The Frank And Walters’ latest album Beauty Becomes More Than Life appeared in shops in July of this year. It is now September and here are The Franks, giving a live appearance to promote the album, the first single from which, Plenty Times, is out in November. They’re not out for media saturation. But why the time lag? Was vocalist Paul Linehan having his hair restyled?
Speculation mounted in the packed Borderline as support act The Dum Dums finished their set, having told the assembled hordes of hippies, drunks and celebrities how privelaged they felt to have been supporting The Franks. After all, the last time The Franks played the Borderline, way back in 1992, they were supported by a band called Suede.
On came our headliners of the evening, Paul Linehan dispelling all rumours about new hairstyles. A lengthy set began, made up of a good mix of tracks from the new album and from past times, including a pleasant rendition of Indian Ocean. Aforementioned hippies et al went to work almost immediately; crowdsurfing and moshing was to be the order of the evening. Those of a vertically challenged nature and those prone to cardiac complaints wisely retreated from the scrum, and by the time Plenty Times and Woman were played there wasn’t a stationary body within 15 feet of the stage. The more outlandish tracks from Beauty Becomes… weren’t aired here, but much of the album was and sounded just as good as the CD.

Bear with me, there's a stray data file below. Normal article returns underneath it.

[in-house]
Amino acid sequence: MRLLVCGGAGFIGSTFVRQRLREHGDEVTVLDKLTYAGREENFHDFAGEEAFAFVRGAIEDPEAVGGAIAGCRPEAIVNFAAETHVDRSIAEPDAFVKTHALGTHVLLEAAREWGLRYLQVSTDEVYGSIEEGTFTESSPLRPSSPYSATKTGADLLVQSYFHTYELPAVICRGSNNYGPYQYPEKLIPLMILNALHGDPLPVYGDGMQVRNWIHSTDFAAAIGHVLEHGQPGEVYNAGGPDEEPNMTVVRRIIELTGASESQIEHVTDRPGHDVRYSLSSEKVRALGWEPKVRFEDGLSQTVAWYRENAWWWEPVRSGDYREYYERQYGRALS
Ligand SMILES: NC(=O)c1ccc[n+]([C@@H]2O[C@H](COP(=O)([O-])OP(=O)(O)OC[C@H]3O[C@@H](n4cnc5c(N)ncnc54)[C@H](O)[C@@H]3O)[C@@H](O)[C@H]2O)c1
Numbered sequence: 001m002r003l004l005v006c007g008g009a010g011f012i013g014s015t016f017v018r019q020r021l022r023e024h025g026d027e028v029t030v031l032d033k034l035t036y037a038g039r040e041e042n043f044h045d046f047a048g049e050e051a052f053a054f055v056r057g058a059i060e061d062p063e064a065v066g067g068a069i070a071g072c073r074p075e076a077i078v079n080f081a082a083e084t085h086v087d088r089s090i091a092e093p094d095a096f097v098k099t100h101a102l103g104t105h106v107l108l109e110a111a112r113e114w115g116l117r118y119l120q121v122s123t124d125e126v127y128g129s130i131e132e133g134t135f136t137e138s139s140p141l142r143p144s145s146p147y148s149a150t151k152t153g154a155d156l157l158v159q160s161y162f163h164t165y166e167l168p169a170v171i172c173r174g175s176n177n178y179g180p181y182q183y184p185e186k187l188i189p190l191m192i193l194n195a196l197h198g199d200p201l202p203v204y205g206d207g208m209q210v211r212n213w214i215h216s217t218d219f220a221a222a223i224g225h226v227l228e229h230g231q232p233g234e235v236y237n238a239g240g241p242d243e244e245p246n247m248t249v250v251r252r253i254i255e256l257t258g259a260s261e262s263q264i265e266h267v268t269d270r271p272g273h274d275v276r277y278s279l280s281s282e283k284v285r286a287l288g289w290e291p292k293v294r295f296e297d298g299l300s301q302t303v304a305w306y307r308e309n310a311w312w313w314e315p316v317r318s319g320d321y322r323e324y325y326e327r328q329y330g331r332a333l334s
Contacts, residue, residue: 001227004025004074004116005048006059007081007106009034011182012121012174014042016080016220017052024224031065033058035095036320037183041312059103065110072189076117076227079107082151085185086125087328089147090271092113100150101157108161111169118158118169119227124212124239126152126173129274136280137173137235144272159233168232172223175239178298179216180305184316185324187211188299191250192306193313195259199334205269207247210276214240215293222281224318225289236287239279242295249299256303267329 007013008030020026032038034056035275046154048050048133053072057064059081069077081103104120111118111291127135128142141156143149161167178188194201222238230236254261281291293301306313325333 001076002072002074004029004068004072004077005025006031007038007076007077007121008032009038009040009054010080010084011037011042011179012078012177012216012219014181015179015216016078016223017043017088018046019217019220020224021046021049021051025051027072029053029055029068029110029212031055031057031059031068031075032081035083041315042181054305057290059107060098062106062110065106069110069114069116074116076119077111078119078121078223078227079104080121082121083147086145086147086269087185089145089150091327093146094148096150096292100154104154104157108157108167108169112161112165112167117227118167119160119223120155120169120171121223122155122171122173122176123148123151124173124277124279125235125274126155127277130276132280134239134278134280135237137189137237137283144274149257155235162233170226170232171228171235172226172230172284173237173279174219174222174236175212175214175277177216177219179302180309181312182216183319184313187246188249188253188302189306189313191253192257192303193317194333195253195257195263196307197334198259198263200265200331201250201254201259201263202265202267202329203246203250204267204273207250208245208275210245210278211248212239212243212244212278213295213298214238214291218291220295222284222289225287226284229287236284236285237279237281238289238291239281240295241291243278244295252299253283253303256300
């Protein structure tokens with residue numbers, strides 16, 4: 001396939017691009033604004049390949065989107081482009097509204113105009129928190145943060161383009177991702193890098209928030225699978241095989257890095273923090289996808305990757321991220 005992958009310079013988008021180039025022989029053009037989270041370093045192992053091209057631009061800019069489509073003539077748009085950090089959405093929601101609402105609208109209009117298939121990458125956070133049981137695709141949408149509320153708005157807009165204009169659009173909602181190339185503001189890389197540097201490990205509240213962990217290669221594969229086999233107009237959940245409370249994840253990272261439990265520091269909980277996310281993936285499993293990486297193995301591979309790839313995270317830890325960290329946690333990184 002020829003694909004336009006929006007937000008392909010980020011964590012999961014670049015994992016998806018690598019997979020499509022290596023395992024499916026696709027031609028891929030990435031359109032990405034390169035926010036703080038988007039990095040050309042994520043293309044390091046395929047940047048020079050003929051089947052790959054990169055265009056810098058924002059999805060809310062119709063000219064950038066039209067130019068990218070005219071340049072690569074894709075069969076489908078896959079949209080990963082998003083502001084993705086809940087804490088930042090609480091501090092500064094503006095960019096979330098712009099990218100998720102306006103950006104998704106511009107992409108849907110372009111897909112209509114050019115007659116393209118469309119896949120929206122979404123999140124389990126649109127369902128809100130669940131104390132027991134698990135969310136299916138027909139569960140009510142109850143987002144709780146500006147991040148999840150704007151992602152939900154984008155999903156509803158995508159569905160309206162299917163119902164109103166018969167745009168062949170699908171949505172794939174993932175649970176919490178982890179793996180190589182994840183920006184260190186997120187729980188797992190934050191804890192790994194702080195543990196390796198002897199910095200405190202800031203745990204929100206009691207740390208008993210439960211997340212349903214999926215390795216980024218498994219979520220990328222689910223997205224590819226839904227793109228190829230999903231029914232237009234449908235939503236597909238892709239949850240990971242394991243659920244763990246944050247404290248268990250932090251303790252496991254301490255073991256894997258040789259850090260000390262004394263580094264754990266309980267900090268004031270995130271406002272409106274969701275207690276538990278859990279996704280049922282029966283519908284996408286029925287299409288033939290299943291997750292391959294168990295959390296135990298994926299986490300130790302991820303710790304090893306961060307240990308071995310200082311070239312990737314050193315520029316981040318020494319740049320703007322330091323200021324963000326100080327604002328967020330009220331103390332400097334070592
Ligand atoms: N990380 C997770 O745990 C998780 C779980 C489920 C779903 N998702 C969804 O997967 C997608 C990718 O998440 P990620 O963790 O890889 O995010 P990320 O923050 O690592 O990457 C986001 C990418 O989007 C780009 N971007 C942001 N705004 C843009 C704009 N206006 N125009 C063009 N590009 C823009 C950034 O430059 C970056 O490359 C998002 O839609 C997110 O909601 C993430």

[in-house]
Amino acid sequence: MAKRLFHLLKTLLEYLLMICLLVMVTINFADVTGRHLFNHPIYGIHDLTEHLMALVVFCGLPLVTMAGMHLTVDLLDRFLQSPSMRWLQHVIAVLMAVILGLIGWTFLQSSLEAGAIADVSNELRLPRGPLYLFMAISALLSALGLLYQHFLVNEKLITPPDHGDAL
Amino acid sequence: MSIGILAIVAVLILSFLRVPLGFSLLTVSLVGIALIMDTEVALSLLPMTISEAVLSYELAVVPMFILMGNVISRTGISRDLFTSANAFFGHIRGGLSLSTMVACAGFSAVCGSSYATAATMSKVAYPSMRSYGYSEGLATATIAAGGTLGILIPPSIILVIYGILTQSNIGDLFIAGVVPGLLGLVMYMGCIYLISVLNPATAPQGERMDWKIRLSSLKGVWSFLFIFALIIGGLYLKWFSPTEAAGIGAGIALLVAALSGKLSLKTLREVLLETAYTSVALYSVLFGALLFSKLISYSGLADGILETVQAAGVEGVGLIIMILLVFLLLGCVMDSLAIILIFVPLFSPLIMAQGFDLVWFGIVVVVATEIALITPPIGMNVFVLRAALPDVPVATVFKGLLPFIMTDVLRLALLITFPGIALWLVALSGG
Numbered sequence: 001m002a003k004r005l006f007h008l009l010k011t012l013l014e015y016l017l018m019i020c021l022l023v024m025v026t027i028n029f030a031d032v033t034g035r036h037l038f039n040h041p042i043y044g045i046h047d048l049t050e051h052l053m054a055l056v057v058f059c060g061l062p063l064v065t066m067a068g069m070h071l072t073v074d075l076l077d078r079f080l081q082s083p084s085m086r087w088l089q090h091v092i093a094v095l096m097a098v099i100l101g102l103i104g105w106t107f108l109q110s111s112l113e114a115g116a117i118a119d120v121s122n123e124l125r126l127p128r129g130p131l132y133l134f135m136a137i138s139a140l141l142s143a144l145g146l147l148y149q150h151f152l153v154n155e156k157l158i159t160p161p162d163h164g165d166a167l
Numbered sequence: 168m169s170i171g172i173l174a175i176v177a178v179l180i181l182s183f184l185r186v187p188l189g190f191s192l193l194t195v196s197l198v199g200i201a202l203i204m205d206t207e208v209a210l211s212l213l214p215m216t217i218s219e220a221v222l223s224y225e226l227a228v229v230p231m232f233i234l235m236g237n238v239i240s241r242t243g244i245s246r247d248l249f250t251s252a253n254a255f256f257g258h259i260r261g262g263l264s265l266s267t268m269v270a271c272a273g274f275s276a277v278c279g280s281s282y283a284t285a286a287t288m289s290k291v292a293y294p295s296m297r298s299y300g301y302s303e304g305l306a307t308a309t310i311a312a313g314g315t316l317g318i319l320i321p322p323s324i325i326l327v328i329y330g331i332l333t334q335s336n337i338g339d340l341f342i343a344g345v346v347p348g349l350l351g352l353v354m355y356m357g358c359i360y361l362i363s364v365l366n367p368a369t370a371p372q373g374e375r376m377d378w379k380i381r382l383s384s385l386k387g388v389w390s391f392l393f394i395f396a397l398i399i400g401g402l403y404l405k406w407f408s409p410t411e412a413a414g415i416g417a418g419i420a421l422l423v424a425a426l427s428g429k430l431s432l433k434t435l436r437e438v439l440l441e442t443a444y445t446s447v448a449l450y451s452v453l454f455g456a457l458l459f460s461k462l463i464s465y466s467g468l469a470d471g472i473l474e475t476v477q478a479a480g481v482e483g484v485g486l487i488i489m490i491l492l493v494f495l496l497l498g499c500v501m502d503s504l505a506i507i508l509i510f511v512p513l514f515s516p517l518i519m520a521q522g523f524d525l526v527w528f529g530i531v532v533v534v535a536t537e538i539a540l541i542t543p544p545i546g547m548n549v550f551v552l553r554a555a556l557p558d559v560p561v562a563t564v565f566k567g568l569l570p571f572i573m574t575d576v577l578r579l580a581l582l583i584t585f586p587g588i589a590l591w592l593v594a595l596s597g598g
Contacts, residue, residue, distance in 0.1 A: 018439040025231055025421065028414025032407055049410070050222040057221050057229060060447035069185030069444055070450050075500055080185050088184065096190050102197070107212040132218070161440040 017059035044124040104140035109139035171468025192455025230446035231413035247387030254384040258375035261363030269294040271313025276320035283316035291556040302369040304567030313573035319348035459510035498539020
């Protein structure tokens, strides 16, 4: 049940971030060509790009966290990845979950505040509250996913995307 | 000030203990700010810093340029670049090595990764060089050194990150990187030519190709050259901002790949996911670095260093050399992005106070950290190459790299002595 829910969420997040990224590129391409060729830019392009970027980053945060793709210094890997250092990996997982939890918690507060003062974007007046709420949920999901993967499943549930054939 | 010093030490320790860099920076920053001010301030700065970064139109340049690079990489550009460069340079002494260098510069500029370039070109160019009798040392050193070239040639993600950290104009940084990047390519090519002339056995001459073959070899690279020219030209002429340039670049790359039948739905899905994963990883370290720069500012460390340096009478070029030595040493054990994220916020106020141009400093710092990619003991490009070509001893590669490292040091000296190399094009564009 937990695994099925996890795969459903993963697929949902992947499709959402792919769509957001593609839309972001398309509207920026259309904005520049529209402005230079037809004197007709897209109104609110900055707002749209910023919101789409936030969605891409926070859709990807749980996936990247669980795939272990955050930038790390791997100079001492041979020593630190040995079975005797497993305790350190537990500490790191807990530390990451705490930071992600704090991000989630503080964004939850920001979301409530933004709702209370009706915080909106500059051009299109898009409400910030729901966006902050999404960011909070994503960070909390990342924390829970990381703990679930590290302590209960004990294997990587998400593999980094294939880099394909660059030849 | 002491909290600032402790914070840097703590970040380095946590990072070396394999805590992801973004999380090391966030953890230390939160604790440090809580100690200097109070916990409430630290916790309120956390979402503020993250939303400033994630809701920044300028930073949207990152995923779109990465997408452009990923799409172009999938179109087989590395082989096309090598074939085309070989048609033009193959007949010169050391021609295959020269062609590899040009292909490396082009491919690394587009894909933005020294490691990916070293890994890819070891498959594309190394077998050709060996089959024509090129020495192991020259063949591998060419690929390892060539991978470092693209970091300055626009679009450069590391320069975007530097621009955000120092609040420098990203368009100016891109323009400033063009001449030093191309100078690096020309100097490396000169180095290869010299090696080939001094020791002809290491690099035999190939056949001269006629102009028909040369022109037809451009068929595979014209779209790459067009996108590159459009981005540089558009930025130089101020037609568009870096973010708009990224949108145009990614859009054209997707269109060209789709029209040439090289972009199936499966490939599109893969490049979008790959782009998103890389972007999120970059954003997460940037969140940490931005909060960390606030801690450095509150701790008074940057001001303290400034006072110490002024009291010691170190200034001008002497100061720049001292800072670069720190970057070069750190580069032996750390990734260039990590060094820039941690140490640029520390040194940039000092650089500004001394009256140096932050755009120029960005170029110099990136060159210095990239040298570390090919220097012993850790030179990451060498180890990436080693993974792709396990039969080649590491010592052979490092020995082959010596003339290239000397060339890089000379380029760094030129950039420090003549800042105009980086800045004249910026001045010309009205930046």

Not content with this, the band proceeded to ask members of the audience up to the stage for a singalong and, while the pulses of security guards began to make their presences felt, the stage diving and crowd surfing continued unabated. At one stage nearing riotous proportions, the mosh witnessed the slightly uncanny event of a very small girl crawling around the floor searching for her glasses, while an asthma inhaler flew, missile-like, towards the band.
It has been popular in the press to write this band off sympathetically as a pleasant bunch who never really made it, or as an under-rated band who never really found their niche, but on the evidence of the enthusiasm eminating from the audience at London’s Borderline The Franks have some very loyal fans. No doubt they will all go away for two months until the first single emerges. If longevity was the idea then The Frank and Walters are making it a reality.